At Great Wishford, we are determined to help our children develop into articulate and imaginative communicators of the written and spoken form.

We use high quality texts and models to enable pupils to accurately choose grammar, vocabulary and punctuation which is effective for both audience and purpose. We make the planning, drafting, writing and editing stages of writing explicit so that children experience ‘live’ the choices a writer makes.

We aim to:

  • Provide children with the Ideas, tools and  techniques for writing so that they are able to communicate their own ideas
  • Link our reading,  history, geography and science topics with our writing curriculum so that pupils are able to write knowledgeably and effectively across all subject areas
  • Ensure that pupils are taught a range of genres across the school which means they can communicate their learning appropriately
  • Develop a consistent approach to teaching writing in order to close gaps and ensure that all children leave in Year 6 being able to write effectively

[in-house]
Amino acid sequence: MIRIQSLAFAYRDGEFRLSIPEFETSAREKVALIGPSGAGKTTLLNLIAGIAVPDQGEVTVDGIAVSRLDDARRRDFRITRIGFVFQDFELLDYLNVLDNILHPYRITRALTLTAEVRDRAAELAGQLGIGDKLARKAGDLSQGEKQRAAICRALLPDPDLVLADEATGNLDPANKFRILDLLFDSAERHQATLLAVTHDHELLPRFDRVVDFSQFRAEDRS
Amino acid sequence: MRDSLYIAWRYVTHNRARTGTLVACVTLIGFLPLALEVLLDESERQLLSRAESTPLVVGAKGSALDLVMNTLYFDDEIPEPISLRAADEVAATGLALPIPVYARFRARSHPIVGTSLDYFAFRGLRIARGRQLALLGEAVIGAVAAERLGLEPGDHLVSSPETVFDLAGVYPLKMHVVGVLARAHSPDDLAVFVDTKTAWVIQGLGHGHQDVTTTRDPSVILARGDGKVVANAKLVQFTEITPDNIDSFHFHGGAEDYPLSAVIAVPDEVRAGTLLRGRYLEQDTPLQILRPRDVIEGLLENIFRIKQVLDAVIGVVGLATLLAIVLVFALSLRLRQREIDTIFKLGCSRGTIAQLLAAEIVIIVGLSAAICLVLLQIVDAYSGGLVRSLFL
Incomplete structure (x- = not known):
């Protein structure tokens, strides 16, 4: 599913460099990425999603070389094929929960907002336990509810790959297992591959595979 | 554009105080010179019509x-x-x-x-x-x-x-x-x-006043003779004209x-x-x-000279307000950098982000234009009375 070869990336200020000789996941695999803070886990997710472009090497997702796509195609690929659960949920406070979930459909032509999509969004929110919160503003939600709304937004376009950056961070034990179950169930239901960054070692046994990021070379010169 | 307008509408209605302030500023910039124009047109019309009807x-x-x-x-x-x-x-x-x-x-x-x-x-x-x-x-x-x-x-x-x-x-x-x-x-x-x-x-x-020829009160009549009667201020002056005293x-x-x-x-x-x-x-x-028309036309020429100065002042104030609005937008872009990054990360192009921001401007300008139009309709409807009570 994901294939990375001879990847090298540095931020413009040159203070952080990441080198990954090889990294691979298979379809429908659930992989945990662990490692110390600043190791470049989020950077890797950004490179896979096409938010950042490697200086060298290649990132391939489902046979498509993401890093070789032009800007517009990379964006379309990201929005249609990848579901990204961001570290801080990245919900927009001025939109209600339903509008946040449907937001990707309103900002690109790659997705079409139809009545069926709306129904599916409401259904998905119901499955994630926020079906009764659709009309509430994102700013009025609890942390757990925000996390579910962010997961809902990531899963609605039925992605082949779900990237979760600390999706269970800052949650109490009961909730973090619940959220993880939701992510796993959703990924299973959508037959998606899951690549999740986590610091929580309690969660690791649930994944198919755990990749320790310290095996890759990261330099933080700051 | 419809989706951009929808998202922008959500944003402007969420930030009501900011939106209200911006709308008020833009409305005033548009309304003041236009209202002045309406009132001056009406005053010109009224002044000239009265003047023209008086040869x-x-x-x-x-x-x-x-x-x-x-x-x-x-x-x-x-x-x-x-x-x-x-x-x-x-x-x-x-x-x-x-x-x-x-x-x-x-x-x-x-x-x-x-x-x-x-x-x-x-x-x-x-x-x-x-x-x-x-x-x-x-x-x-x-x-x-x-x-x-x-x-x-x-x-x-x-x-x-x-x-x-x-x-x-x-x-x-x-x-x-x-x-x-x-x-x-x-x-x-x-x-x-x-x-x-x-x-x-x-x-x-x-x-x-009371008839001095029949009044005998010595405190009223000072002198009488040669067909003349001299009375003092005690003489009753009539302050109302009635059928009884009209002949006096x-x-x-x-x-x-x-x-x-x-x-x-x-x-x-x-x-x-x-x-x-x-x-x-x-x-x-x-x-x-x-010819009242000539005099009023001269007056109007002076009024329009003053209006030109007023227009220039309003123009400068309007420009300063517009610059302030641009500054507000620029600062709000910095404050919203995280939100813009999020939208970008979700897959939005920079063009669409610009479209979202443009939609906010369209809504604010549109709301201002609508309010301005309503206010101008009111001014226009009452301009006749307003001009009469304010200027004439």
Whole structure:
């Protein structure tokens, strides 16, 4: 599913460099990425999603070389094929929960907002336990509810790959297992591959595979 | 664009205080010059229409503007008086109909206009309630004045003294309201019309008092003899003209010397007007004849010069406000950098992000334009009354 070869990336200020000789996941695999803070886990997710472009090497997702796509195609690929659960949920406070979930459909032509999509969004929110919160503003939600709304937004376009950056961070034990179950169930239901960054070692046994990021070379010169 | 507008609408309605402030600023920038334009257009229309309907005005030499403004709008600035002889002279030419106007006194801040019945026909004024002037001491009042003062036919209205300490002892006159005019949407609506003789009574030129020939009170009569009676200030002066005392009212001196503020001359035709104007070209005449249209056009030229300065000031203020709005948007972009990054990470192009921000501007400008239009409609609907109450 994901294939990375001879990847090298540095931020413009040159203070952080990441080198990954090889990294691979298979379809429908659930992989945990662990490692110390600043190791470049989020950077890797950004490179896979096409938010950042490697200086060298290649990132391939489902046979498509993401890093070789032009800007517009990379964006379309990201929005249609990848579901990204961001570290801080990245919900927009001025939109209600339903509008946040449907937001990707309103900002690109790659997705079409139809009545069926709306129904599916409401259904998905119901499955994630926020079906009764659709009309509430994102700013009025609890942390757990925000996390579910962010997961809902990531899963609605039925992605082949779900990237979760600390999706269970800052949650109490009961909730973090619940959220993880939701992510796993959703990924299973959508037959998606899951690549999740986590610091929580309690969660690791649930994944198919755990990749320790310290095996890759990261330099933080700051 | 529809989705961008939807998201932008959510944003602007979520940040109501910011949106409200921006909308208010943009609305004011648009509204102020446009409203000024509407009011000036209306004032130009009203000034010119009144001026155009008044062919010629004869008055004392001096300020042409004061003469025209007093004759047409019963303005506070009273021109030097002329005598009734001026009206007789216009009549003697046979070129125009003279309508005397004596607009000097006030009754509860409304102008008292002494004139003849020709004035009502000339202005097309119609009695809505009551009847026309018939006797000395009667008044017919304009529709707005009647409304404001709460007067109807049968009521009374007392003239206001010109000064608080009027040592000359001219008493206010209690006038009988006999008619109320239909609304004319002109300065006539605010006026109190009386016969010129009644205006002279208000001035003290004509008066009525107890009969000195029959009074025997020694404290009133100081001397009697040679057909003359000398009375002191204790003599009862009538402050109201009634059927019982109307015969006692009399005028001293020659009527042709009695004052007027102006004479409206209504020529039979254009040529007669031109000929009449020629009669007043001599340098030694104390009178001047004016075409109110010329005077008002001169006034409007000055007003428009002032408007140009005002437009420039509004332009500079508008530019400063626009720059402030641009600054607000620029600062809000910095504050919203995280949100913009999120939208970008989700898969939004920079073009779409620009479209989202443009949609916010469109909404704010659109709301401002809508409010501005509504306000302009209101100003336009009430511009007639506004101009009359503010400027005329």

We believe that having ideas, understanding how to use grammatical constructs to turn these ideas into meaning, and bringing this meaning to life through authorial language choice are essential in enabling children to communicate effectively.  We ensure children are immersed in a flourishing environment that values speaking, listening and the development of language as a vital part of the writing process. We use Jane Considine’s The Write Stuff methodology to ensure pupils are explicitly taught the craft of writing.

Teaching sequences include experience days and sentence stacking lessons, that have modelling at the heart of them. Sentences are taught under the structural framework of The Writing Rainbow where  teachers prepare children for writing by modelling for the ideas, grammar or techniques of writing.  

The Ideas of Writing The tools of writing The Techniques of writing










Adverbials and adverbial forms

Basics (word classes)

Complex sentences

Dialogue and contracted forms

Structure and style



Passive or Active voice

Past and present tense


*KS1, KS2  all









Pathetic Fallacy


Explicit teaching:

  • Experience lessons stimulate ideas, and are used thoughtfully to further generate ideas and vocabulary for writing
  • For non-fiction texts, we ‘find the shape’ first, or look at model narratives to understand the writer’s craft